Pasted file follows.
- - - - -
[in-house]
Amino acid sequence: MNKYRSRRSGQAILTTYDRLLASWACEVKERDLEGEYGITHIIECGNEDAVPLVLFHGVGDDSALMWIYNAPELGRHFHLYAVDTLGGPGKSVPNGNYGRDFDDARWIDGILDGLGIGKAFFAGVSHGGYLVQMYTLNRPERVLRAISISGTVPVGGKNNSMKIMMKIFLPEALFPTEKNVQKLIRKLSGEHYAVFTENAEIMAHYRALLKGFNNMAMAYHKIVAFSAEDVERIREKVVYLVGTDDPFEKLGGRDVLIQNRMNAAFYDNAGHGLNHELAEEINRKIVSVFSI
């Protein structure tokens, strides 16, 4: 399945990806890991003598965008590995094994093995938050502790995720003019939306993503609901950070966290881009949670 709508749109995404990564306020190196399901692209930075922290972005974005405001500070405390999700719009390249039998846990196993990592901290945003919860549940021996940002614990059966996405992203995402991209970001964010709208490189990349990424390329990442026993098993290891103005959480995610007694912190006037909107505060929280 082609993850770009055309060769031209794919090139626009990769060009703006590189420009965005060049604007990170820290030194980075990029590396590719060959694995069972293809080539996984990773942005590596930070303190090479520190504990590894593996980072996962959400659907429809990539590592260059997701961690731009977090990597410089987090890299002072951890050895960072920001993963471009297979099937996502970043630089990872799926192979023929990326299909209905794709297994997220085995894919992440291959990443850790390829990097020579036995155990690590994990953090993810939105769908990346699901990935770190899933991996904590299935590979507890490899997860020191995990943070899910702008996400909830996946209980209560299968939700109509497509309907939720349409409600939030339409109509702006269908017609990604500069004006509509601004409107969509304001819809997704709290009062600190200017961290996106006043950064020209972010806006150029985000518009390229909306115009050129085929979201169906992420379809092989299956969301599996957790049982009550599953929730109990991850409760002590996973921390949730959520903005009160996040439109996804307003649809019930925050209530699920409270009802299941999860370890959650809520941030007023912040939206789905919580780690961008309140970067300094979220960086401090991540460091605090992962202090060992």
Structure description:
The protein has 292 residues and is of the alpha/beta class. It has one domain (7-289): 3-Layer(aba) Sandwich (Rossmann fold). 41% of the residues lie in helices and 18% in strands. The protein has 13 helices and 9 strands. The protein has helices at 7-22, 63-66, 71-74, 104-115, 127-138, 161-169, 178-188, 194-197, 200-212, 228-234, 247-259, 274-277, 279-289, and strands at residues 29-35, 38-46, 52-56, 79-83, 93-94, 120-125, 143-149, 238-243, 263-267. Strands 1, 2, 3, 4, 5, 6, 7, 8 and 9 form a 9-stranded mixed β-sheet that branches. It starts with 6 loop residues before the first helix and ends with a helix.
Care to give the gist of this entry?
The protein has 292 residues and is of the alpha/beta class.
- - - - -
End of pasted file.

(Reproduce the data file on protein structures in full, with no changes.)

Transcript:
[in-house]
Amino acid sequence: MNKYRSRRSGQAILTTYDRLLASWACEVKERDLEGEYGITHIIECGNEDAVPLVLFHGVGDDSALMWIYNAPELGRHFHLYAVDTLGGPGKSVPNGNYGRDFDDARWIDGILDGLGIGKAFFAGVSHGGYLVQMYTLNRPERVLRAISISGTVPVGGKNNSMKIMMKIFLPEALFPTEKNVQKLIRKLSGEHYAVFTENAEIMAHYRALLKGFNNMAMAYHKIVAFSAEDVERIREKVVYLVGTDDPFEKLGGRDVLIQNRMNAAFYDNAGHGLNHELAEEINRKIVSVFSI
């Protein structure tokens, strides 16, 4: 399945990806890991003598965008590995094994093995938050502790995720003019939306993503609901950070966290881009949670 709508749109995404990564306020190196399901692209930075922290972005974005405001500070405390999700719009390249039998846990196993990592901290945003919860549940021996940002614990059966996405992203995402991209970001964010709208490189990349990424390329990442026993098993290891103005959480995610007694912190006037909107505060929280 082609993850770009055309060769031209794919090139626009990769060009703006590189420009965005060049604007990170820290030194980075990029590396590719060959694995069972293809080539996984990773942005590596930070303190090479520190504990590894593996980072996962959400659907429809990539590592260059997701961690731009977090990597410089987090890299002072951890050895960072920001993963471009297979099937996502970043630089990872799926192979023929990326299909209905794709297994997220085995894919992440291959990443850790390829990097020579036995155990690590994990953090993810939105769908990346699901990935770190899933991996904590299935590979507890490899997860020191995990943070899910702008996400909830996946209980209560299968939700109509497509309907939720349409409600939030339409109509702006269908017609990604500069004006509509601004409107969509304001819809997704709290009062600190200017961290996106006043950064020209972010806006150029985000518009390229909306115009050129085929979201169906992420379809092989299956969301599996957790049982009550599953929730109990991850409760002590996973921390949730959520903005009160996040439109996804307003649809019930925050209530699920409270009802299941999860370890959650809520941030007023912040939206789905919580780690961008309140970067300094979220960086401090991540460091605090992962202090060992």
Structure description:
The protein has 292 residues and is of the alpha/beta class. It has one domain (7-289): 3-Layer(aba) Sandwich (Rossmann fold). 41% of the residues lie in helices and 18% in strands. The protein has 13 helices and 9 strands. The protein has helices at 7-22, 63-66, 71-74, 104-115, 127-138, 161-169, 178-188, 194-197, 200-212, 228-234, 247-259, 274-277, 279-289, and strands at residues 29-35, 38-46, 52-56, 79-83, 93-94, 120-125, 143-149, 238-243, 263-267. Strands 1, 2, 3, 4, 5, 6, 7, 8 and 9 form a 9-stranded mixed β-sheet that branches. It starts with 6 loop residues before the first helix and ends with a helix.
Care to give the gist of this entry?
The protein has 292 residues and is of the alpha/beta class.